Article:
MinervaBMJ 2004; 329 doi: https://doi.org/10.1136/bmj.329.7479.1412 (Published 09 December 2004) Cite this as: BMJ 2004;329:1412
Healthy newborns are traditionally given sponge baths in many parts of the world. A randomised controlled trial of tub bathing for newborns conducted in a Canadian hospital now suggests that tub bathed babies experience significantly less temperature loss, and were significantly more content (as judged by a tried and tested neonatal behavioural assessment tool), compared with sponge bathed babies. Mothers who used the tub also reported greater pleasure (JOGNN 2004;33: 704-12).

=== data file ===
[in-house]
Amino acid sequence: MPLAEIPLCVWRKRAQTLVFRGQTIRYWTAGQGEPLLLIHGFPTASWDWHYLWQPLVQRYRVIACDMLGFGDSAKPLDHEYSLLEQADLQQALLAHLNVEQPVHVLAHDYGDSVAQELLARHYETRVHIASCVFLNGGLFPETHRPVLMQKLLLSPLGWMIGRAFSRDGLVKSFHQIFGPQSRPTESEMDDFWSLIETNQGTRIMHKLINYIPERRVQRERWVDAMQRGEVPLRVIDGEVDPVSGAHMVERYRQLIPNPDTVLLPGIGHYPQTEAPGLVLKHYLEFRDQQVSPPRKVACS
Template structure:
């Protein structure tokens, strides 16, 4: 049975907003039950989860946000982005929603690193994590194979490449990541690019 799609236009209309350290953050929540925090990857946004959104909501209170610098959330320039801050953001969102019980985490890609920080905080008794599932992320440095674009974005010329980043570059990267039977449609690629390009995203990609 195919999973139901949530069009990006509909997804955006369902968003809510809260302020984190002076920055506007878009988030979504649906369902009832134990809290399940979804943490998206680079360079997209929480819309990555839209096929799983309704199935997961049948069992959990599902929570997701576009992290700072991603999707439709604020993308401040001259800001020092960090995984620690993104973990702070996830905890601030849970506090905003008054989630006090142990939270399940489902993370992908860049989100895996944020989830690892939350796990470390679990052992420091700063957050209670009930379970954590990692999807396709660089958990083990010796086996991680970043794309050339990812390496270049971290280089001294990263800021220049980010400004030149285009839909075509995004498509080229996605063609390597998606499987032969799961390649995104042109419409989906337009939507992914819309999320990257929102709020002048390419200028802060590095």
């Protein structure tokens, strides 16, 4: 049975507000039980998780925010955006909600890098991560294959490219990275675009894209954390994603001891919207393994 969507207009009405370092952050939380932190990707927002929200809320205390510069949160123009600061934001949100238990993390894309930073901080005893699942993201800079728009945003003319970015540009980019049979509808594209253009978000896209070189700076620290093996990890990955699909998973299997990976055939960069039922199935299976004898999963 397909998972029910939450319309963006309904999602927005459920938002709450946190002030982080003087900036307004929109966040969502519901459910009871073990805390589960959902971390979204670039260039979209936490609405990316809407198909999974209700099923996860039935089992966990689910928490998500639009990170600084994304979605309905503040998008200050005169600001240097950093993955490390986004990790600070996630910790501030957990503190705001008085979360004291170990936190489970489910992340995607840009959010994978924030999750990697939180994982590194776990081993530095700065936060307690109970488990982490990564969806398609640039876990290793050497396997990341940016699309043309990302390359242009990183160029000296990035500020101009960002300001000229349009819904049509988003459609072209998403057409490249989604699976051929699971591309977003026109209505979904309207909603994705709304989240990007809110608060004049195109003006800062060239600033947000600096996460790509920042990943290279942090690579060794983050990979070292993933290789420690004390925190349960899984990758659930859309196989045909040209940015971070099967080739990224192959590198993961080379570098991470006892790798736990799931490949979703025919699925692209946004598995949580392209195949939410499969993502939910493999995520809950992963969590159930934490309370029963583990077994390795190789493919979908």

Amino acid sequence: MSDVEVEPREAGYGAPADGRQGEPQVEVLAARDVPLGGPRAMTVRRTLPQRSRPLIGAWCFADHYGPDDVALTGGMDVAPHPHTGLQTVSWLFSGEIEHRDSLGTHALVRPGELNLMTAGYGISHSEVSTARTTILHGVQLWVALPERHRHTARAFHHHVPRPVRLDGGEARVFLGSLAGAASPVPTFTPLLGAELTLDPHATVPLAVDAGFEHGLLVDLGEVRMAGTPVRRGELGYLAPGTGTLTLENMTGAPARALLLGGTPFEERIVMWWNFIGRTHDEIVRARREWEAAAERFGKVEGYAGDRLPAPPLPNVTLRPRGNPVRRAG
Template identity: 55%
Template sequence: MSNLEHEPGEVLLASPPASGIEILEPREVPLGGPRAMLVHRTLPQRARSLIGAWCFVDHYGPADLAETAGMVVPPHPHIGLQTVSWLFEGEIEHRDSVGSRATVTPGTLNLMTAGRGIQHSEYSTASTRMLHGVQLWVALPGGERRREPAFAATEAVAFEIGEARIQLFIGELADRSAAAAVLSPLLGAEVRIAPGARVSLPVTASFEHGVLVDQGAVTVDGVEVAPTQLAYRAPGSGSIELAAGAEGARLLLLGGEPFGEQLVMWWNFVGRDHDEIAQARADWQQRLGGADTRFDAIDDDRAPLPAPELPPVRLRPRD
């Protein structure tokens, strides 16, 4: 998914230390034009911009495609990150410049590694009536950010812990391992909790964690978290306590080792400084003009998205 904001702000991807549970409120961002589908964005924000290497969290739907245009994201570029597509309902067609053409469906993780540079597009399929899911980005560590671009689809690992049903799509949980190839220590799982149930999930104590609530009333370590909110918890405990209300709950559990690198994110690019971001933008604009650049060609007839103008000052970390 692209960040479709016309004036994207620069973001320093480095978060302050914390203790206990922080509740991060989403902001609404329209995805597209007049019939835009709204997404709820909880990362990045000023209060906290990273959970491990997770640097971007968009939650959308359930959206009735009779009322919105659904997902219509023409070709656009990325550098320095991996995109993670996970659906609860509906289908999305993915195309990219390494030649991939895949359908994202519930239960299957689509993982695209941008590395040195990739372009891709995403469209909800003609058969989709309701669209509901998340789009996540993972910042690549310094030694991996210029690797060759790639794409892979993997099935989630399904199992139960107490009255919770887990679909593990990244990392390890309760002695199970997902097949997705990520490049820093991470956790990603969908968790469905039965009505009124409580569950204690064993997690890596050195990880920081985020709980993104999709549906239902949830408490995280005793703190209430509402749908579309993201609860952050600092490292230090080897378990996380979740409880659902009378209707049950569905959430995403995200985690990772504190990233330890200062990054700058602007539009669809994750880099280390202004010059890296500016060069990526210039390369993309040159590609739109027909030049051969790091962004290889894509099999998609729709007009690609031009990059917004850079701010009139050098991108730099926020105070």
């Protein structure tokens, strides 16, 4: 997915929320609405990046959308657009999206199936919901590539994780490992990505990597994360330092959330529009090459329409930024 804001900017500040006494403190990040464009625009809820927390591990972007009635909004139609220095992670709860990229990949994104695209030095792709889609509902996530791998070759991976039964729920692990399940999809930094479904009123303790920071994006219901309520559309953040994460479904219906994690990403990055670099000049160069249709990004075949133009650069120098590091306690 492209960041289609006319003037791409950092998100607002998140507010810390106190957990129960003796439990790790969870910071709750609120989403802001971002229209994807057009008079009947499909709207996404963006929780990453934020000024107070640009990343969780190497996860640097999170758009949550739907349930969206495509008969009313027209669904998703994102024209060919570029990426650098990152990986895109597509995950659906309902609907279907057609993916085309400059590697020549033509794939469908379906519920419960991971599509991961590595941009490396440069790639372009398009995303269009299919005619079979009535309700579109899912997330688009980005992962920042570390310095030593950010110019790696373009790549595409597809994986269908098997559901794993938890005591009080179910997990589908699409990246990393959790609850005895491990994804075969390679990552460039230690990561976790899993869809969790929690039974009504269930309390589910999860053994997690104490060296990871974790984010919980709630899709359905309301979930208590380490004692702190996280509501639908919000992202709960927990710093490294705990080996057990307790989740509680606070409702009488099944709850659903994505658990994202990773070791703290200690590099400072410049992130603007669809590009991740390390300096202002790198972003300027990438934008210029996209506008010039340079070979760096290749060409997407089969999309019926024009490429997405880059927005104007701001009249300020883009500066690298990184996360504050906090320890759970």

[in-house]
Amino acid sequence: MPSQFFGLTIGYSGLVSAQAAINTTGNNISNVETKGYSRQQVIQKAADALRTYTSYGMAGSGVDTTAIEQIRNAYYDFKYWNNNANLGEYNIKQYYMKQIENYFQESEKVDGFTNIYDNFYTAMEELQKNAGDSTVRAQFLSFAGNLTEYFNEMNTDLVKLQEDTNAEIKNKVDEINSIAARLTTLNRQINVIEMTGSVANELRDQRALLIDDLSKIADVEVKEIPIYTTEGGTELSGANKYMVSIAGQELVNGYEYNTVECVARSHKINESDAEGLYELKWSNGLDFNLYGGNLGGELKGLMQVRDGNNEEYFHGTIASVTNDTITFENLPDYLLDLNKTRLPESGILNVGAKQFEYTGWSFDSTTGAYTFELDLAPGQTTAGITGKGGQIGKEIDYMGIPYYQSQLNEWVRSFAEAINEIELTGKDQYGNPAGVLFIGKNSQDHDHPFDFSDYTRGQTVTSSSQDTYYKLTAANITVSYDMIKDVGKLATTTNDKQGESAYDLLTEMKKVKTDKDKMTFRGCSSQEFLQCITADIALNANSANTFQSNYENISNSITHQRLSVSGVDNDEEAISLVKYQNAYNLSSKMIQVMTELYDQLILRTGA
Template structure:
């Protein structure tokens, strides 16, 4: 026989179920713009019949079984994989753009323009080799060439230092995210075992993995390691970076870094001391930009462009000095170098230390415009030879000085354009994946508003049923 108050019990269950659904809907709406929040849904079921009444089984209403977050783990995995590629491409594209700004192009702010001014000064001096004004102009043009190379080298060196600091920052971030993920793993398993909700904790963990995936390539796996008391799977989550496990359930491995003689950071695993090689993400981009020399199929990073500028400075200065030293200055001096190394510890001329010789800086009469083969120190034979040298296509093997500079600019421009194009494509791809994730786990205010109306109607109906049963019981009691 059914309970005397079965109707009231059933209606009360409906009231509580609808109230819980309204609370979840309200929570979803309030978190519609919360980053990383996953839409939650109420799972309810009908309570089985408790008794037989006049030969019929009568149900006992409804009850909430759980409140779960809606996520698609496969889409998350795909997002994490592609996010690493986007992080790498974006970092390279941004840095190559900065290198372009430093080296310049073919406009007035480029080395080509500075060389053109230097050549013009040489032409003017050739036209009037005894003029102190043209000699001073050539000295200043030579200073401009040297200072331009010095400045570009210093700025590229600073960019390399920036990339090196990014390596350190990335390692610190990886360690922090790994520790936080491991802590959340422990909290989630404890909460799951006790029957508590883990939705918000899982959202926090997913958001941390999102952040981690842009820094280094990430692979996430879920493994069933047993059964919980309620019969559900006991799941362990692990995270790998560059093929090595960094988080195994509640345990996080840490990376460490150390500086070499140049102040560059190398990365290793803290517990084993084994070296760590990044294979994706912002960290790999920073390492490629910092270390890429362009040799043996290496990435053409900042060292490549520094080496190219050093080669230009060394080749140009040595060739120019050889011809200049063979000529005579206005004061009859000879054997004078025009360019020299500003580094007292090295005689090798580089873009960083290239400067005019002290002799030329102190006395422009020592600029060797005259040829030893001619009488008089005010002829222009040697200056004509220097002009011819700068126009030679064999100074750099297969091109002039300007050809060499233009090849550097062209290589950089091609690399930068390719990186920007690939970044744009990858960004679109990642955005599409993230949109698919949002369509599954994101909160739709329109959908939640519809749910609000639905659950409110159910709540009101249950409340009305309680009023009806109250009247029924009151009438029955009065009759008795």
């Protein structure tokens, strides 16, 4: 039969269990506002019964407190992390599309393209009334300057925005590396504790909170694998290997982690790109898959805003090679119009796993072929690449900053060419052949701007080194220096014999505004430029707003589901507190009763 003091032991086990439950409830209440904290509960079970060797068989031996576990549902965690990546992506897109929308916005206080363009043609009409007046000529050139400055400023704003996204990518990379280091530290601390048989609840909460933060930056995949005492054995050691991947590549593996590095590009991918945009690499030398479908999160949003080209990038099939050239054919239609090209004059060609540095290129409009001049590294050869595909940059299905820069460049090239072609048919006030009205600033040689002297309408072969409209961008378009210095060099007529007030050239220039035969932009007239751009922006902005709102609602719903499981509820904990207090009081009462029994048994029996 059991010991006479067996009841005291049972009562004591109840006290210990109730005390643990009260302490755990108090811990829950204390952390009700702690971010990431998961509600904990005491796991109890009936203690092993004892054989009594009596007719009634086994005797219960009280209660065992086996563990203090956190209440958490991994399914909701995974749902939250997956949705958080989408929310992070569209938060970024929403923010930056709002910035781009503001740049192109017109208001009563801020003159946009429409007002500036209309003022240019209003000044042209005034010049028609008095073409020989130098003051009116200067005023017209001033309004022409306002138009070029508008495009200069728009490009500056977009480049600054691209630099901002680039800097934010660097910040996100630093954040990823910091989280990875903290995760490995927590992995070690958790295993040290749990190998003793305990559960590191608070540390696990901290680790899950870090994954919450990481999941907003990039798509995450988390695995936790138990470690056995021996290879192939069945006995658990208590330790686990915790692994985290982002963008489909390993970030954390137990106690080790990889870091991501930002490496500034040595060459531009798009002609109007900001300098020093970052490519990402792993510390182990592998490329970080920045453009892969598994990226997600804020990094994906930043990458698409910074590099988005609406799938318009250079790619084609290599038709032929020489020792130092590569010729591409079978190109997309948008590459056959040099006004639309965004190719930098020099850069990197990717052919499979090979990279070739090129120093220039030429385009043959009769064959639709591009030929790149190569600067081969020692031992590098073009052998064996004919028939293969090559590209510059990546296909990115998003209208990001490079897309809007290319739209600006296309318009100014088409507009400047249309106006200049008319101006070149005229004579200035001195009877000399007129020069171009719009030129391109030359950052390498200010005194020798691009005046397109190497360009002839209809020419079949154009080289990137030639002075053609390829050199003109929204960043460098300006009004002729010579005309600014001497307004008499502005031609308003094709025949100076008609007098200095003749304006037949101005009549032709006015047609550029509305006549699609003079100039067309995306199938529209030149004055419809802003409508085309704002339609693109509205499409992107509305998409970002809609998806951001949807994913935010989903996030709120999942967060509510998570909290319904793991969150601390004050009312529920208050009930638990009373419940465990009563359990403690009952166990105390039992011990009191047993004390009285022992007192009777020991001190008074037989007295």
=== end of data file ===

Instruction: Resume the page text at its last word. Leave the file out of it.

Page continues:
Teaching an old dog to learn a new trick apparently depends on the trick. A study in Neurology (2004;63: 1818-24) compares how the brains of people with different brain lesions reorganise themselves. The authors used magnetoencephalography, a noninvasive imaging tool used to study cortical function, and their findings strongly suggest that different pathological changes of the brain result in different propensities for cortical reorganisation. They've yet to discover why, though.
A BMJ reader believes that the Atkins diet is a simple plagiarism of a pamphlet published in 1863 by a “corpulent London undertaker” called William Banting. In it Banting describes how he lost 46 pounds and 12 inches of girth by abstaining from most foods except meat. Apparently the word “Banting” is used to mean “dieting” in some circles. …